Walkers flock to join Cork priest’s Lenten fundraising quest

Buttevant priest Fr Eugene Baker tells CHRIS DUNNE about a Lenten walking trek that aims to raise funds for the war-stricken people of South Sudan
Walkers flock to join Cork priest’s Lenten fundraising quest

Stephen Crowley and Cathal Chambers of the Irish Peacekeepers in Lebanon clock up some extra miles for the Virtual Walk.

IF you’re finding your daily 5km jaunt a bit of an uphill battle during lockdown, spare a thought for all those joining Buttevant priest Fr Eugene Baker on his virtual Lenten walking trek.

Their aim is to walk 9,144km — equivalent to the distance between the North Cork town and Juba in South Sudan — to raise money for the stricken people of that African country.

Fr Eugene has arranged the initiative to raise funds for Trócaire and has had help from both near —and far.

“Two Cork engineers, Stephen and Cathal, based in Lebanon with the Irish army, are clocking up the miles for Trócaire,” says Eugene, a native of Ballindangan, Mitchesltown who has been based in the parish of Buttevant for four years.

“They are far from home! But it’s a worthwhile way to keep in touch and keep connected with us.

“At the same time, they are helping those in a war-torn country.”

It takes a village to come together to help people affected by war.

“The whole parish has embraced the virtual walk to raise awareness and funds for impoverished families in South Sudan who have been blighted by famine and war,” says Eugene.

“My own personal target is to raise €200. Donations can be made via our Facebook page, Buttevant and Lisgriffin Parish Pastoral Council. Walkers’ efforts are logged on here and they are getting sponsorship for their efforts.

“We are keeping tabs on our progress via the Strava App. 

"There’s a lot of competition to get to the top of the leaderboard! Young lads are even going out cycling again in the evening in order to up their mileage!”

Team Buttevant answered the call.

“I have to say, there is a great buzz and a lot of excitement around the place with people out and about walking for the Trócaire initiative,” says Eugene. 

“It is great to see people being motivated, especially during lockdown!”

They are imaginative too.

“Apart from people doing daily walks, they are jogging, cycling, and roller-blading!”

This year’s Trócaire Lenten campaign focuses on its work in South Sudan, which has suffered greatly from the strife of civil war. Fr Eugene is the representative for Trócaire in the Cloyne diocese.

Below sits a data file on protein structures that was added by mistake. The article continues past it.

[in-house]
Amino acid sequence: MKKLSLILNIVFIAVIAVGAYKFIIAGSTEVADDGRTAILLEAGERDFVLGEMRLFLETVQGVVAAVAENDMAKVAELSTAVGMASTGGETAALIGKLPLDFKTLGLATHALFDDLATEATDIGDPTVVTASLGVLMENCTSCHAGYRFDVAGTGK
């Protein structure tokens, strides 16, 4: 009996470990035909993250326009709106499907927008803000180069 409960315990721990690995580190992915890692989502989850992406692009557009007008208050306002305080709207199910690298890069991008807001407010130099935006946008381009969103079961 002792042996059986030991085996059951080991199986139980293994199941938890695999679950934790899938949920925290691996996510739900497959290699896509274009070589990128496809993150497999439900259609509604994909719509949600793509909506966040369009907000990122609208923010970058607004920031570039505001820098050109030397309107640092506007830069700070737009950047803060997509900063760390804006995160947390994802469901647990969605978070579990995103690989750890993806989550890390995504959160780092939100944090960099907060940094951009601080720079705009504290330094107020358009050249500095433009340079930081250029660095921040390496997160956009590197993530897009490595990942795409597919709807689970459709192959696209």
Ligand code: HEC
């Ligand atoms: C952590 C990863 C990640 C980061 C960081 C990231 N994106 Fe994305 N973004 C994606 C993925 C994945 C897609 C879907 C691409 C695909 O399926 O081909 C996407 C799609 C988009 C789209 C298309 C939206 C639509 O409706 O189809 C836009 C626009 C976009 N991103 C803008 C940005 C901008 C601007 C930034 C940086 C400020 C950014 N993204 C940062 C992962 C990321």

The UN estimates a third of the south Sudanese pre-war population of 12 million people have been displaced and crossed borders into neighbouring countries and beyond. About two million are internally displaced and face severe food shortages. Two-thirds of South Sudan refugees are children.

“The people in Sudan are fleeing brutal armed conflict and have lost nearly everything,” says Eugene.

“So many people have begun walking during Covid-19 lockdowns, I thought it was good to put it out there to walk for a good cause and do some good while clocking up the miles.

“I invited people who go walking to join me in a virtual walk from Buttevant to South Sudan, which is 9,144km.”

Fr Eugene walked an impressive 53km himself in just over a week after Ash Wednesday.

“A virtual walk with a couple of hundred people on board over Lent is possible,” says Eugene. “It will require a lot of people to step up and help out and they are doing that, delighted to contribute to helping the plight of the Sudanese people.”

The parish of Buttevant has ventured far already.

“By February 23, we had collectively clocked up a staggering 3,650km,” says Eugene.

Everyone can identify with each other on the journey and with the people it will be helping.

“Awati and Ajak are the two women on the Trócaire box,” says Eugene.

“They are refugees of a civil war. Hopefully the Trócaire Lenten campaign, together with the Sudanese Council of Churches, can help these people survive after the war. Trócaire is focused on humanitarian work and the Irish charity does great work.”

Was Fr Eugene always a walker?

“Yes, I’ve been on the Camino, walking 800km. I think walking is in the bones! And it is great for mental health.”

It can give people a purpose too.

“I noticed during lockdown that some people were just walking aimlessly,” says Eugene. 

“Now they have a purpose; a goal. And with the virtual maps they can see updates on mileage achieved.

“During lockdown, it is easy to retreat. Now, with social distance walking and with technology, we can all connect with one another. And we have something to aim for.”

Many will arrive sooner than expected at the rate they’re going.

“That’s true!” says Eugene. “I think some of us may be making a return journey after 40 days! Let’s hope we all get home in one piece!”

Fr Eugene says the virtual walk is an act of solidarity and an act of love.

“People are taking part out of love, as an act of friendship towards their fellow man. It is heartening to reach out across the world.

“We are all on one planet, humanity together.”

In South Sudan, the people will find out about Fr Eugene’s good work.

“We’ll be sending a photo-album to the local priest in Juba,” says Eugene. “He will open it up and show the people at mass. They can see all who were involved in the act of love.”

Trócaire is an Irish charity striving to overcome the challenges of poverty and injustice in the developing world.

Those interested in getting involved in the fundraiser can contact Fr Eugene Baker on 086-8031876. See Buttevant Parish facebook page.

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